Components developed by an international team lead by researchers at The University of Texas at Austin will allow future devices to achieve faster speeds.
The researchers presented new radio frequency switches that are responsible for keeping devices linked by jumping between networks and frequencies while receiving data. Unlike the switches found in most electronics today, these new gadgets are comprised of two-dimensional materials that require substantially less energy to operate, resulting in increased device speed and battery life.
“Anything that is battery-operated and needs to access the cloud or the 5G and eventually 6G network, these switches can provide those low-energy, high-speed functions,” said Deji Akinwande, professor in the Cockrell School of Engineering’s Department of Electrical and Computer Engineering and the principal leader of the project.
Because of the increasing demand for speed and power, 6G devices will almost certainly contain hundreds of switches, far more than existing electronics. 6G devices will need to access higher frequency spectrum bands than today’s electronics to achieve faster speeds, and these switches will be critical in doing so. Another crucial part of cracking the code for 6G is making these switches and other components more efficient. This efficiency extends beyond the life of the battery. Because 6G’s applications are so diverse, including driverless cars and smart cities, every device will need to be essentially latency-free.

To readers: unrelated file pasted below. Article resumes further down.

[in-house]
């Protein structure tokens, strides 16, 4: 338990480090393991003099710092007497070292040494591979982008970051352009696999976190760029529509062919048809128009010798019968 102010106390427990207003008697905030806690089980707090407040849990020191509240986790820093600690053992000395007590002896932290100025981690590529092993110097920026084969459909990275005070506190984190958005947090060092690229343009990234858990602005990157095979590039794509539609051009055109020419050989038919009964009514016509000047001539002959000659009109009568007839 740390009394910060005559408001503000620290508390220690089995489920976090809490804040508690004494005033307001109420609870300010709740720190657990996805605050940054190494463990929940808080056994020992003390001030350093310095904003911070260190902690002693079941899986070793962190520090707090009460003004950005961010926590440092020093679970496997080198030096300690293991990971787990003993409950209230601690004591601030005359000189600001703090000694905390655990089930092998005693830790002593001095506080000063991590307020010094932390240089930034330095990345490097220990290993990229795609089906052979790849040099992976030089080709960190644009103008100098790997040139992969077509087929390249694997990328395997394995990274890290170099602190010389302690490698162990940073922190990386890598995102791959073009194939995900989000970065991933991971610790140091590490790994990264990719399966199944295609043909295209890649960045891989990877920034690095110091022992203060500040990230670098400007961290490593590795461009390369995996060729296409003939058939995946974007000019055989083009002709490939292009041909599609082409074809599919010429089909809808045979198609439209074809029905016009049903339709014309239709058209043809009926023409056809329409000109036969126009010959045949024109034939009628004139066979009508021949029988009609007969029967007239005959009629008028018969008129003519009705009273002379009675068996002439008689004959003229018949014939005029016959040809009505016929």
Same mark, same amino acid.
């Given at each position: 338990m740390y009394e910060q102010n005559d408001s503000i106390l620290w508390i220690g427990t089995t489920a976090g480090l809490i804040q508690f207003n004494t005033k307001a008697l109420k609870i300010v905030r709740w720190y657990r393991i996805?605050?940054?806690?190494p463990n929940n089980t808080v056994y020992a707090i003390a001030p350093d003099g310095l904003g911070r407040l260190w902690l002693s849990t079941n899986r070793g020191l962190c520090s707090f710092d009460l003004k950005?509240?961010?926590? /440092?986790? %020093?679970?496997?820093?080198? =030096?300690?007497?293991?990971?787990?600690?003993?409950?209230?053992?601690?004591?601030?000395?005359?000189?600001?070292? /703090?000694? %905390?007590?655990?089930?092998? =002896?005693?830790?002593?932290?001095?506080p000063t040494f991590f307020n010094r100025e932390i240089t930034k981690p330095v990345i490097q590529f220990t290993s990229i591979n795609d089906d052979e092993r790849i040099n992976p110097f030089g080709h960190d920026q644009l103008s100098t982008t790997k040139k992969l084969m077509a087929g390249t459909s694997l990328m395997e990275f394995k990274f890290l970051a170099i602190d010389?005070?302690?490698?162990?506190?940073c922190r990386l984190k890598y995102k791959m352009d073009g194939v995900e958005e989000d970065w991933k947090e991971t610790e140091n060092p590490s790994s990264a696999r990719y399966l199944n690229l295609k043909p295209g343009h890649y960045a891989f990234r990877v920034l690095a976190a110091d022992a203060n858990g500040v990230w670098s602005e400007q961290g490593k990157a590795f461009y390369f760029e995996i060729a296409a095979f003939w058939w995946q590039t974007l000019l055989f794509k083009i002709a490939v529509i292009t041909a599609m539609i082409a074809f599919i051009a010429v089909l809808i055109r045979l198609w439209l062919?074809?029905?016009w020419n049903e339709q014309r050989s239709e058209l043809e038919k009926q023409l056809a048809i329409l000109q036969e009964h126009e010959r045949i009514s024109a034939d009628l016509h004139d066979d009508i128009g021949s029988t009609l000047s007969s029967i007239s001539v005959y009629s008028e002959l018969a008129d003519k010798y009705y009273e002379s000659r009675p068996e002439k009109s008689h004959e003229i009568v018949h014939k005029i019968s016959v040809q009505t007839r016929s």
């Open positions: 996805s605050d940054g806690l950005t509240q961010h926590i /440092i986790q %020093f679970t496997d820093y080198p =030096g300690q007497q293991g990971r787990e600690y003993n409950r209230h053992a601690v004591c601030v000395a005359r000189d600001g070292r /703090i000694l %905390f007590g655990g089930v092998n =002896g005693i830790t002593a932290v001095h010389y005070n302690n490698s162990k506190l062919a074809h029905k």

Switches for 5G devices were earlier developed by Akinwande. The materials utilised this time are one of the most significant differences. MOS2, or molybdenum disulfide, is sandwiched between two electrodes in these novel switches. Memristors are a type of device that is commonly utilised for memory. However, the ability to use these as switches opens the door for present and future gadgets to achieve unprecedented levels of speed and battery life.
“For the technology to be deployed by 2030, a lot of the components, a lot of the architecture needs to be resolved years in advance so that system-level integration and execution can happen in time for the rollout,” Akinwande said.
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